Duke student dies in 'accidental' fall
Posted October 24, 2010 6:31 p.m. EDT
Updated October 25, 2010 6:41 p.m. EDT
Durham, N.C. — Duke University is mourning a student who died Sunday after a "tragic but accidental fall" Friday morning, according to school officials.
Drew Everson, a senior from Tampa, Fla., fell behind the East Union Building, according to Duke Vice President for Student Affairs Larry Moneta. He was found at 11:30 a.m., and Durham emergency workers took him to Duke University Hospital.
University officials said Everson had been out with friends the night before he fell. Duke Police are still trying to figure out exactly what happened to Everson. Their investigation into the incident is expected to be completed in the new few days.
Everson's family, including his brother, A.J. Everson, a 2009 Duke graduate, was with him when he died Sunday, Moneta said.
"Drew leaves behind many, many friends throughout the Duke community. Many gathered (Sunday) afternoon in the Devil's Den to offer support to each other," Moneta said. "It saddens me greatly to share such tragic news, and I hope we can all comfort each other as needed."
President Richard Brodhead and other university officials have been providing support to Everson's family and friends, according to the school. Two student affairs officials, Sue Wasiolek and Todd Adams, stayed with the family throughout their two days at the hospital.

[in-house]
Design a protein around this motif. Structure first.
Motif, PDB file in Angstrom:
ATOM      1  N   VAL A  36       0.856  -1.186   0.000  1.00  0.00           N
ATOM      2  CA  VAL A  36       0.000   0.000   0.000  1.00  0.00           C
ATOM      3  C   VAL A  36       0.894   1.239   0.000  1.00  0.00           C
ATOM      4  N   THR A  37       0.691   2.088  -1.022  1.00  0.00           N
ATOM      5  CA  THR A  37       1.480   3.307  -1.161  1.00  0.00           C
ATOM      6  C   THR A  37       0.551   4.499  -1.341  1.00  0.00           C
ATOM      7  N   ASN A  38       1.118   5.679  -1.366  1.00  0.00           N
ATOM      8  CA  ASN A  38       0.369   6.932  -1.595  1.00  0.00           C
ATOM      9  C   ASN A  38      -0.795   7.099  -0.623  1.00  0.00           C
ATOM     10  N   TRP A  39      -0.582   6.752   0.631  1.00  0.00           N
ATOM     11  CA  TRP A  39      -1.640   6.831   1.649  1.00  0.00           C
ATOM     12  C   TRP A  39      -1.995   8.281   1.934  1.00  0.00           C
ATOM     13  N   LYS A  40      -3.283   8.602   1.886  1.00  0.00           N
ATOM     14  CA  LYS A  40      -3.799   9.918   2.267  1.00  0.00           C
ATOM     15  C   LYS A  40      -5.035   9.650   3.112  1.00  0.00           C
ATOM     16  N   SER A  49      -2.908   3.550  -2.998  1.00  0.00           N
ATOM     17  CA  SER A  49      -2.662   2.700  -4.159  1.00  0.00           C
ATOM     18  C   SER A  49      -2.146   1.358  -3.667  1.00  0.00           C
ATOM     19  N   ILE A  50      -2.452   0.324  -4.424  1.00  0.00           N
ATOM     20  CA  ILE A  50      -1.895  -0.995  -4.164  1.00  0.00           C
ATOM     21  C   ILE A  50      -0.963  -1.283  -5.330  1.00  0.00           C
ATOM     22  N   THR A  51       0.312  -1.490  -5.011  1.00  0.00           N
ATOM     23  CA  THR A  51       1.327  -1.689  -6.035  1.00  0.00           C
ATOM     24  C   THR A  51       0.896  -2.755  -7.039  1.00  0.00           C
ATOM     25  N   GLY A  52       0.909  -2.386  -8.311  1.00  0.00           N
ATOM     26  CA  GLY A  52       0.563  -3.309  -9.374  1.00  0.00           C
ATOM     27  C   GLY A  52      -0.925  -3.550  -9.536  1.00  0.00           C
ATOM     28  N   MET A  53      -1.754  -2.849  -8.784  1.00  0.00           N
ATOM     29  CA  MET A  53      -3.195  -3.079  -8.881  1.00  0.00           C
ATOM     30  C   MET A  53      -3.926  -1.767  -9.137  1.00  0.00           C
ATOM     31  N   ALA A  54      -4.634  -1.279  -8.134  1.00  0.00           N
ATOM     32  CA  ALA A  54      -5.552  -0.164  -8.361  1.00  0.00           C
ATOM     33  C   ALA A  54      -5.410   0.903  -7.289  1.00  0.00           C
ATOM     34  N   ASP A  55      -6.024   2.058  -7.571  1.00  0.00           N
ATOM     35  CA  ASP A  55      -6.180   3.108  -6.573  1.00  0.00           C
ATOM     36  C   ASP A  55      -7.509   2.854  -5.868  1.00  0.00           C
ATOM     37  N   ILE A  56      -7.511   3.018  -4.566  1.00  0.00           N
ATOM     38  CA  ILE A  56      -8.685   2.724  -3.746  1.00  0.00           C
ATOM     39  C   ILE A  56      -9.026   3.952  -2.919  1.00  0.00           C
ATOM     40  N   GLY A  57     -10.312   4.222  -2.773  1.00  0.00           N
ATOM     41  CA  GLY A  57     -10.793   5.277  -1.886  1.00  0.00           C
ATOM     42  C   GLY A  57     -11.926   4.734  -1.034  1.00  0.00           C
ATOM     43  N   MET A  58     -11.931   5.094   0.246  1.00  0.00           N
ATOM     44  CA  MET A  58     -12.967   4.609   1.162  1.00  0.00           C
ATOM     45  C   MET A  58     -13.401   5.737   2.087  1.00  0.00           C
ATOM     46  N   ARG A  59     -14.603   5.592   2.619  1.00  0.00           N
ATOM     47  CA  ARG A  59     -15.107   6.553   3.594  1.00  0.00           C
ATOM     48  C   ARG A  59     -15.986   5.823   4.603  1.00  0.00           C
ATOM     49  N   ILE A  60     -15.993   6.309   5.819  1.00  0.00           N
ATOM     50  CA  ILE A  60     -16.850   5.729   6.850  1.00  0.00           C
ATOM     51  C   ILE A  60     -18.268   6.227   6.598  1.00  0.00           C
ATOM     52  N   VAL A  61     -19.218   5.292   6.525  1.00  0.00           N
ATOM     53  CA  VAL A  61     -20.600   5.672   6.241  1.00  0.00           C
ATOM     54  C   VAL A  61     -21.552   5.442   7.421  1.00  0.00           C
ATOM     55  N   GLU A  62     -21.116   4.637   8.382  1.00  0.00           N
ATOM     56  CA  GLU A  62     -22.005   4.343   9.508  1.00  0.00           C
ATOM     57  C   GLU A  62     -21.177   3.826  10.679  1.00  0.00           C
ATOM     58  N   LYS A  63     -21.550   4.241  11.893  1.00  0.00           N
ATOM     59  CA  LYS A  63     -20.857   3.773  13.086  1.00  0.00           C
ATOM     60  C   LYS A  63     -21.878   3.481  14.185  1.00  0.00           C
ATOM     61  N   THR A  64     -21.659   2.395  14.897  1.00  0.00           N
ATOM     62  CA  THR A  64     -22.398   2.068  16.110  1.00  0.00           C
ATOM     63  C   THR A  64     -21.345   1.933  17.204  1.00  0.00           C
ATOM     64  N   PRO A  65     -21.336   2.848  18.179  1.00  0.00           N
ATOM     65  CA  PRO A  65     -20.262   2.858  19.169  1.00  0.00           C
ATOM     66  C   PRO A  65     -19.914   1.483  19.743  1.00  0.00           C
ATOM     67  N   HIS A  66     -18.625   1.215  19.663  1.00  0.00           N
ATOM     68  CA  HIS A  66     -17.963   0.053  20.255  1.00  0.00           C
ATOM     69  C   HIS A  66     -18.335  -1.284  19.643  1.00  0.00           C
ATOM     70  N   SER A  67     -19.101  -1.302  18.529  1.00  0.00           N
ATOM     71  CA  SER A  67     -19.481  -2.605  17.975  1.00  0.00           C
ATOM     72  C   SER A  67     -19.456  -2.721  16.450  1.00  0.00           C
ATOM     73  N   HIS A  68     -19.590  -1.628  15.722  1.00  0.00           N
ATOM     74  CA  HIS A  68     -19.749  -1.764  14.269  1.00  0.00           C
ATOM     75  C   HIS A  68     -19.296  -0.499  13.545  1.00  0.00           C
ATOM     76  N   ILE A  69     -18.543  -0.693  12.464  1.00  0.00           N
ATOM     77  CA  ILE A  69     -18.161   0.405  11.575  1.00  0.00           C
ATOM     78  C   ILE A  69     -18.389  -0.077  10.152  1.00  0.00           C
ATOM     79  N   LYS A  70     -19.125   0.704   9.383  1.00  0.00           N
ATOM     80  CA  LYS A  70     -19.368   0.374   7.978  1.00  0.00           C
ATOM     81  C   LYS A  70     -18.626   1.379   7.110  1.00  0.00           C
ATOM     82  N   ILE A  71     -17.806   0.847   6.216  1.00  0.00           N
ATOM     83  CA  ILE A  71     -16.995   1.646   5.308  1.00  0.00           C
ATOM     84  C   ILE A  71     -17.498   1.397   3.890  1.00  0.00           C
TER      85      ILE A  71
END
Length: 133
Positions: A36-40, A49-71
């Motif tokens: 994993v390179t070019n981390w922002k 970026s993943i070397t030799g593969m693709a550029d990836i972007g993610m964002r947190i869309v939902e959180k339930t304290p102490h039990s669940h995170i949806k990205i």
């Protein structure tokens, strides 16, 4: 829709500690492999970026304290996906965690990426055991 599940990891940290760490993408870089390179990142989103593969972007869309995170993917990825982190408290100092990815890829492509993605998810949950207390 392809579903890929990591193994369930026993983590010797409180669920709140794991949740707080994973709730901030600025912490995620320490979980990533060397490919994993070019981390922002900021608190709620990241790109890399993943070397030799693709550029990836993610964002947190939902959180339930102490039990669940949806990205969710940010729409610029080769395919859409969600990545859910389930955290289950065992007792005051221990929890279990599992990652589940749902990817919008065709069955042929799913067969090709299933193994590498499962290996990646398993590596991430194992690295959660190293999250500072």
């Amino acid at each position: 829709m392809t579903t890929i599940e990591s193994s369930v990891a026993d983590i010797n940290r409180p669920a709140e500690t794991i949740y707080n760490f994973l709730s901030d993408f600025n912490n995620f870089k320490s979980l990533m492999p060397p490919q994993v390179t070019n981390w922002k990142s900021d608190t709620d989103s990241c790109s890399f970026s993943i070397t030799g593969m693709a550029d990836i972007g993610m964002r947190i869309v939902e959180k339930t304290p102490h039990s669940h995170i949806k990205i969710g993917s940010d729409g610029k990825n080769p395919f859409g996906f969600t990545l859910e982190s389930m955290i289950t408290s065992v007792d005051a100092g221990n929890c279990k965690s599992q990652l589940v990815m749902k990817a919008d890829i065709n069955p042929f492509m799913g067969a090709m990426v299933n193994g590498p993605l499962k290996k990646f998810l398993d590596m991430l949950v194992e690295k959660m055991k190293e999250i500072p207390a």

A memorial service will be held in the Duke Chapel at noon Wednesday, followed by a reception in the Scharf Commons area adjacent to Cameron Indoor Stadium.
A political science major, Everson spent last summer in New York working as an intern with Goldman Sachs, according to Duke. He was recently weighing job offers to pursue after graduation this spring.
Everson was a member of Pi Kappa Phi and the Duke Debate Team and served as a line monitor for Duke men's basketball.
Duke University Dean and Vice-Provost Stephen Nowicki said Everson was well-liked by everyone.
"It's remarkable how many faculty commented on him being one of their favorite students. He certainly was one of mine," he said.
Nowicki, who taught Everson his sophomore year, said he learned by e-mail about Everson's accident.
"It's an unthinkable tragedy," he said.
Nowicki said he visited Everson's family in the hospital shortly before his death.
"I don't know how you cope with it. I think all you can do is provide as much tangible and emotional support that you can to the family," he said.